Virulent Rhetorics: HIV and the Politics of Digital Sexual Health

Following up the primary takeaways from my dissertation data analysis, I am drafting a proposal for a book project, comprising six chapters, tentatively titled Virulent Rhetorics: HIV and the Politics of Digital Sexual Health, that expands on the case studies of my dissertation. With this monograph, I do the double work of informing queer and trans BIPOC on how social media can be a health literacy tool while nudging public health officials toward respectful approaches for honoring community health practices. I plan to finalize a book proposal for New York University Press’ “Queer / Trans / Digital” series by January 2023, with sample chapters to be written over Summer 2023. My current timeline for publication is some time in 2024. Below, you can find a breakdown of my current plans for the book.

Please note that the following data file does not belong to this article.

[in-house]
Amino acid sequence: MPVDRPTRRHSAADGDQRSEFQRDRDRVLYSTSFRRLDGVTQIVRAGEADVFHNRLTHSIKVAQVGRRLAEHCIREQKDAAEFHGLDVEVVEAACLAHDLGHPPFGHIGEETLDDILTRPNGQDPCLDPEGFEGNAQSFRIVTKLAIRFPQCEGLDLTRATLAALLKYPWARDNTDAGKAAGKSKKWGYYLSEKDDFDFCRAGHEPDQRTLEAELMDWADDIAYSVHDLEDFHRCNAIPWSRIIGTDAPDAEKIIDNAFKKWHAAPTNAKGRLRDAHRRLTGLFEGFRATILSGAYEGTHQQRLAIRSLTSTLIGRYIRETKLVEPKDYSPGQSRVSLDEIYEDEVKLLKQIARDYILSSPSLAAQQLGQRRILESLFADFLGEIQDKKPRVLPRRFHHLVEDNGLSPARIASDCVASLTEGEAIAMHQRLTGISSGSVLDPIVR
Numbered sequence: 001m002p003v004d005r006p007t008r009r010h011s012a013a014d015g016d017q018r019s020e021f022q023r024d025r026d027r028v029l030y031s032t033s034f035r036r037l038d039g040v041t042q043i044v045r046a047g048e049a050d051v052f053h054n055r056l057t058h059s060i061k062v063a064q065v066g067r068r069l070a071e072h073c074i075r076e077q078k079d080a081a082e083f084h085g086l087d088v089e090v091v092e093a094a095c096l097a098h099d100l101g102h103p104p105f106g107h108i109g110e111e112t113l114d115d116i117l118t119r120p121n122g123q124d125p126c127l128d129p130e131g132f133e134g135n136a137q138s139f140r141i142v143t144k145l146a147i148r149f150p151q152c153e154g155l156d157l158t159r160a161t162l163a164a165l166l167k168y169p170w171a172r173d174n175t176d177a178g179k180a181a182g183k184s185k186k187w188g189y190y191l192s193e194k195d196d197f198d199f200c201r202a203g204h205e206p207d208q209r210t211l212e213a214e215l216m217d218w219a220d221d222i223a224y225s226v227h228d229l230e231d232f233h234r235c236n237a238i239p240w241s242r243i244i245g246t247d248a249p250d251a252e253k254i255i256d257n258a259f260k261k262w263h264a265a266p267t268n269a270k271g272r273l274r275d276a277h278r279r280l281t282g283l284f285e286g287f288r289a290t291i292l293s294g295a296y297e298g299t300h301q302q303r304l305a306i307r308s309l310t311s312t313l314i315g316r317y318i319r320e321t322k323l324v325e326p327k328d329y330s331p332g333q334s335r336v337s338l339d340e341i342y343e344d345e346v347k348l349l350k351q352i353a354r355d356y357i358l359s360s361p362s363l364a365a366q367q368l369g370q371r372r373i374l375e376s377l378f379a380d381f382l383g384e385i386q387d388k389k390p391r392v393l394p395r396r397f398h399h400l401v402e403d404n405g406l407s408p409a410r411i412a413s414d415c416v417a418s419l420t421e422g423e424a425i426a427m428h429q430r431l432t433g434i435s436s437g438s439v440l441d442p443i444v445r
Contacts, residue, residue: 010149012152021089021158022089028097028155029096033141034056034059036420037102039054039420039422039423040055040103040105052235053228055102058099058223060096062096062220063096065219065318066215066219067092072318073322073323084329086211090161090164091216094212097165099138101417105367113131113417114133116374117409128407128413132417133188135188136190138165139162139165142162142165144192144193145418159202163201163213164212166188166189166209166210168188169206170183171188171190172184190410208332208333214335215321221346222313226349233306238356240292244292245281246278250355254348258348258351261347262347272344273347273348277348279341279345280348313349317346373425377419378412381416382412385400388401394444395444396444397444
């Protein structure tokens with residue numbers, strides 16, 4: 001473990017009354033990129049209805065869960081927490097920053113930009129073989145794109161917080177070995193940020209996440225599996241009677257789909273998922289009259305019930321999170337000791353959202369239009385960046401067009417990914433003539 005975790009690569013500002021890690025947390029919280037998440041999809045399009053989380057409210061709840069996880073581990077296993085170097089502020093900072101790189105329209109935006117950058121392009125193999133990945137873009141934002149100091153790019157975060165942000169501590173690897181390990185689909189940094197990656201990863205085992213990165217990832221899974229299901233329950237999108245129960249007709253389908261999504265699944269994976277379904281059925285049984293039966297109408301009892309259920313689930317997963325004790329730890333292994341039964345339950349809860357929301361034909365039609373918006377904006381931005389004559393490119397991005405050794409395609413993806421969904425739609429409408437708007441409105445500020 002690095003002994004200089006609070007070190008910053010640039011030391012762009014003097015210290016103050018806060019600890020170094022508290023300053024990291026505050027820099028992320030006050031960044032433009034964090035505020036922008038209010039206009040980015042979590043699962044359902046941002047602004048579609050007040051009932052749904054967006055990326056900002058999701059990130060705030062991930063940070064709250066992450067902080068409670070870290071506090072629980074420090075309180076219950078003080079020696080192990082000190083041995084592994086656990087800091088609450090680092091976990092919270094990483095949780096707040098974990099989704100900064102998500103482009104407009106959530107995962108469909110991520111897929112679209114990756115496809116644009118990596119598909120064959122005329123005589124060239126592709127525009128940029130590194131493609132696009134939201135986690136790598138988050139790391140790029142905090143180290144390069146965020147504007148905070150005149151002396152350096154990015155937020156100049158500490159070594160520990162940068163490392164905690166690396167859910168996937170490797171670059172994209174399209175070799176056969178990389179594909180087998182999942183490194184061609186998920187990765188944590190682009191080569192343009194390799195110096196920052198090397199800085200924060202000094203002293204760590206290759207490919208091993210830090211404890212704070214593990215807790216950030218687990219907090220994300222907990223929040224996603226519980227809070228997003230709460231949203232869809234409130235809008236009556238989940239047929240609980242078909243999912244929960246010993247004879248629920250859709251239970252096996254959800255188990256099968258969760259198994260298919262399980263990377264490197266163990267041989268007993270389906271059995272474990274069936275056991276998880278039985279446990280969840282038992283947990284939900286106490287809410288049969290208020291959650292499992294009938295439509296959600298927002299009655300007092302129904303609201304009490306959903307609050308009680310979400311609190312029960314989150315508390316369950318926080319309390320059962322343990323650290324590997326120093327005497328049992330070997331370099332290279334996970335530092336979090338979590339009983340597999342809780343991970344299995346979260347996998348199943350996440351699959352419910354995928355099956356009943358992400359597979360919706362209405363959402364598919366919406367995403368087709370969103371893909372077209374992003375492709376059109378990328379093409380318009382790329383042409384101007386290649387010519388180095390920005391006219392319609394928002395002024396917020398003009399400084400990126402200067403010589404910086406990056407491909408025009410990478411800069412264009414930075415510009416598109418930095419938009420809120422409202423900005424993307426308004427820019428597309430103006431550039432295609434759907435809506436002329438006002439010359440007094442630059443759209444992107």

For the introduction, I recount both popular practices of sexual health advocacy and outreach during the height of the HIV/AIDS crisis leading to the advent of pre-exposure prophylaxis. The following chapter discusses the mediation of such practices through digital technology use, and I focus on Twitter as a rhetorically versatile sites wherein new understandings of health literacy might be best understood given the site’s communicative capacity for a visual, textual, and audio confluence along the lines of queer of color sensibilities. The subsequent chapter recounts how health literacy might be understood in these ways by reviewing how users of color have used the site, different communication modes and popular media to build emergent networks of care as users post and ask questions about their sexual health. The next chapter details why users often take to social media to create these networks as they contend with the material realities of increasingly neoliberal medical and healthcare policies, which adversely affect marginalized communities and especially, as I argue, queer and trans BIPOC, whose identities become wound up in a capitalist regime of care. The penultimate chapter offers a guide for users of color on how to disrupt epistemic hubris in healthcare and clinical settings, highlighting rhetorical strategies for leveraging their experiences in both online and offline settings to combat medical racism. The final chapter does similar work but for public health officials and healthcare providers, advancing a reformed health literacy framework to build better healthcare and public health experiences for queer and trans people of color.